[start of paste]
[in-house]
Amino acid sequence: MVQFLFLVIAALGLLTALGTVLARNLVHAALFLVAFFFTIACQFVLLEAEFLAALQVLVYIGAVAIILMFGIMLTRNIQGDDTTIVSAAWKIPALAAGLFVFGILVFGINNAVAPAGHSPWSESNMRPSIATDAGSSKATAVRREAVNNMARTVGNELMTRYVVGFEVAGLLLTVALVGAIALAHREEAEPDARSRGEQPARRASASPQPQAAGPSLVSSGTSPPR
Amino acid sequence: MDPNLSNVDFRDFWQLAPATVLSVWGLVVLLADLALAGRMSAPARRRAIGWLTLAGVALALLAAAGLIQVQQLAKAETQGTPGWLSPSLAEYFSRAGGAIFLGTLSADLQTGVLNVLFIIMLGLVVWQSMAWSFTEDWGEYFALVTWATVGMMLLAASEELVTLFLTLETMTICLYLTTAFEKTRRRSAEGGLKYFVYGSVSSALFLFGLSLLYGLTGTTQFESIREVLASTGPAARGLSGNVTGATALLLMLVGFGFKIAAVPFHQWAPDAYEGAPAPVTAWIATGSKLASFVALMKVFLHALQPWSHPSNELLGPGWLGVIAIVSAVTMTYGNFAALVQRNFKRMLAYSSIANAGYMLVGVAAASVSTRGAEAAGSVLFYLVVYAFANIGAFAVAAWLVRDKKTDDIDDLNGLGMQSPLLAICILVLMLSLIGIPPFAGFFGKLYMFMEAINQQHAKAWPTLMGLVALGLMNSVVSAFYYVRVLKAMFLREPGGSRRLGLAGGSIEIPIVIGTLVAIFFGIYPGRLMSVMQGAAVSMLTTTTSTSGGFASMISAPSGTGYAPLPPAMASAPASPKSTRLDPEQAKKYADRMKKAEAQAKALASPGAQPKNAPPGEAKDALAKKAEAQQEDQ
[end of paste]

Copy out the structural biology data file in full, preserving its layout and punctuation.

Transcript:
[in-house]
Amino acid sequence: MVQFLFLVIAALGLLTALGTVLARNLVHAALFLVAFFFTIACQFVLLEAEFLAALQVLVYIGAVAIILMFGIMLTRNIQGDDTTIVSAAWKIPALAAGLFVFGILVFGINNAVAPAGHSPWSESNMRPSIATDAGSSKATAVRREAVNNMARTVGNELMTRYVVGFEVAGLLLTVALVGAIALAHREEAEPDARSRGEQPARRASASPQPQAAGPSLVSSGTSPPR
Amino acid sequence: MDPNLSNVDFRDFWQLAPATVLSVWGLVVLLADLALAGRMSAPARRRAIGWLTLAGVALALLAAAGLIQVQQLAKAETQGTPGWLSPSLAEYFSRAGGAIFLGTLSADLQTGVLNVLFIIMLGLVVWQSMAWSFTEDWGEYFALVTWATVGMMLLAASEELVTLFLTLETMTICLYLTTAFEKTRRRSAEGGLKYFVYGSVSSALFLFGLSLLYGLTGTTQFESIREVLASTGPAARGLSGNVTGATALLLMLVGFGFKIAAVPFHQWAPDAYEGAPAPVTAWIATGSKLASFVALMKVFLHALQPWSHPSNELLGPGWLGVIAIVSAVTMTYGNFAALVQRNFKRMLAYSSIANAGYMLVGVAAASVSTRGAEAAGSVLFYLVVYAFANIGAFAVAAWLVRDKKTDDIDDLNGLGMQSPLLAICILVLMLSLIGIPPFAGFFGKLYMFMEAINQQHAKAWPTLMGLVALGLMNSVVSAFYYVRVLKAMFLREPGGSRRLGLAGGSIEIPIVIGTLVAIFFGIYPGRLMSVMQGAAVSMLTTTTSTSGGFASMISAPSGTGYAPLPPAMASAPASPKSTRLDPEQAKKYADRMKKAEAQAKALASPGAQPKNAPPGEAKDALAKKAEAQQEDQ